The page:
Why the AP is Assigning Oil Spill Editor, Reporters
The AP announced Wednesday that it had assigned Steve Gutkin, Jerusalem bureau chief, as its new Gulf oil spill editor. It also posted openings for two new temporary positions: a Gulf spill impact reporter and a Gulf spill industry reporter.
It's not every day that a major event prompts a news organization to create three new positions. Intrigued, I contacted senior managing editors John Daniszewski and Mike Oreskes to find out more.
They told me via e-mail that adding these positions will help advance the AP's oil spill content and ensure that the organization can provide the continuous coverage that a story of this magnitude demands.
"This is a sprawling complex story. By creating both an editor with an overview and specific beats, we hope to help our journalists continue to focus on their elements of the story," Oreskes said. "Designating an oil spill editor to take overall command of the story, and be free to focus exclusively on all the elements of the story, is one part of that commitment."
In addition to the three new hires, who will focus exclusively on the oil spill, the AP has about 20 full-time staffers in the Gulf who are involved in the coverage and another 50 or so reporters and editors who have been working on the story in the region, Oreskes said.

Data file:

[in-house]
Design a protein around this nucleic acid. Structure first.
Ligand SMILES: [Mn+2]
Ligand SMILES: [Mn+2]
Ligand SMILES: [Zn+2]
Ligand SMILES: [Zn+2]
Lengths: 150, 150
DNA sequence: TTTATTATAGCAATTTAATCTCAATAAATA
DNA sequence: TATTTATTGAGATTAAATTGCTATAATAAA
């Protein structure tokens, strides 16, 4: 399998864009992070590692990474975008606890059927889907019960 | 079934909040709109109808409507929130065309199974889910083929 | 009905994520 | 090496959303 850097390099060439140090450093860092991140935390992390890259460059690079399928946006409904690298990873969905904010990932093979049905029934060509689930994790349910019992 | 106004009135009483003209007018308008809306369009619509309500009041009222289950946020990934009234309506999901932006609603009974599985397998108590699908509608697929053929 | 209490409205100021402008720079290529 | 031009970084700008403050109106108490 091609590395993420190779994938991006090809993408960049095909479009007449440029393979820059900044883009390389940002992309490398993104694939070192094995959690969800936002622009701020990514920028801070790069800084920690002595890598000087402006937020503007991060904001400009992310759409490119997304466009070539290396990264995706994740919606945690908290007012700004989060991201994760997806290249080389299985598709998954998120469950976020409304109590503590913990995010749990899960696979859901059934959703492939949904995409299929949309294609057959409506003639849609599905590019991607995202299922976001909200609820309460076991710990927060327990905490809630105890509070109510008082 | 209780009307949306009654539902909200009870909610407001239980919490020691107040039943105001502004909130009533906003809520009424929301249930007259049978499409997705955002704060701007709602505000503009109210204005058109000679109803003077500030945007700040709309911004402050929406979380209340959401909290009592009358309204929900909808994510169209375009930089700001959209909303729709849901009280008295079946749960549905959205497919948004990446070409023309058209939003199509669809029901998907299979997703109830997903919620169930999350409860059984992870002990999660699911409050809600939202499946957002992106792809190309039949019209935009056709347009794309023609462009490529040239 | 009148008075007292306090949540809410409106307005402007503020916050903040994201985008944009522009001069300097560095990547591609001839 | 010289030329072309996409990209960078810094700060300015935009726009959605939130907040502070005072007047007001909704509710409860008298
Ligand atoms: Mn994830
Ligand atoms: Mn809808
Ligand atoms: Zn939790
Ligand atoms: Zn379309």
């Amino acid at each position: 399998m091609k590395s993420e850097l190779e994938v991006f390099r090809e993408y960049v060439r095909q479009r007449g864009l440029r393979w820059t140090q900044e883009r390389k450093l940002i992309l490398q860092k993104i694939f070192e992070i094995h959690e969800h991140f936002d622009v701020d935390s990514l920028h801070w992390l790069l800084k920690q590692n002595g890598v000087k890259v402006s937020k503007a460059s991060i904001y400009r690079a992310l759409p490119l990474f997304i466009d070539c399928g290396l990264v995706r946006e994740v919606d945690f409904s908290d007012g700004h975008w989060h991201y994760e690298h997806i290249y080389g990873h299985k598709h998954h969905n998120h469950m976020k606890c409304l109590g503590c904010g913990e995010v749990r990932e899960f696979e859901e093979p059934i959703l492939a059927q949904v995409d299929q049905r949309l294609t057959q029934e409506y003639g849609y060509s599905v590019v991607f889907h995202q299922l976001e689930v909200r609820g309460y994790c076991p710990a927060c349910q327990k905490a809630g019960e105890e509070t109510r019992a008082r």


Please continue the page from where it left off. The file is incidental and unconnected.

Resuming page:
The temporary reporters will focus on two main subject areas: the oil industry and the people affected by the spill. Whoever is hired for the impact reporting position will be based in a Gulf coast community and will do both spot and enterprise reporting about how the spill is affecting economics, culture and life in the Gulf. The industry reporter, who will be based in Houston or New Orleans, will focus on the spill's long-term implications for BP and its effect on energy policy and America's views on fossil fuels.
Though they're listed as nine-month-long positions, they could very well be extended, Oreskes said.
Clear writing, strong reporting, conceptual thinking and a passion for understanding the region and its issues are the main qualities that Oreskes said the AP will look for when hiring for the Gulf oil positions, which will be filled with either outside hires or inside transfers as soon as possible.
This isn't the first time the AP has created new jobs for coverage of a major news event.
"We do name editors to manage very big stories," said Daniszewski. "It makes sense to have a conductor to orchestrate and lead a sprawling and multifaceted operation. In International, for years we have had one editor who is assigned to look over the Iraq and Afghan war coverage for instance."
Given how many news organizations the AP serves, it makes sense that it would find ways to continue following a story that other media outlets might not have the resources to cover long-term.
"The oil spill is clearly one of the major stories of our time -- a vast event whose full proportions still aren't known to us," Oreskes said. "We are setting up for the long haul."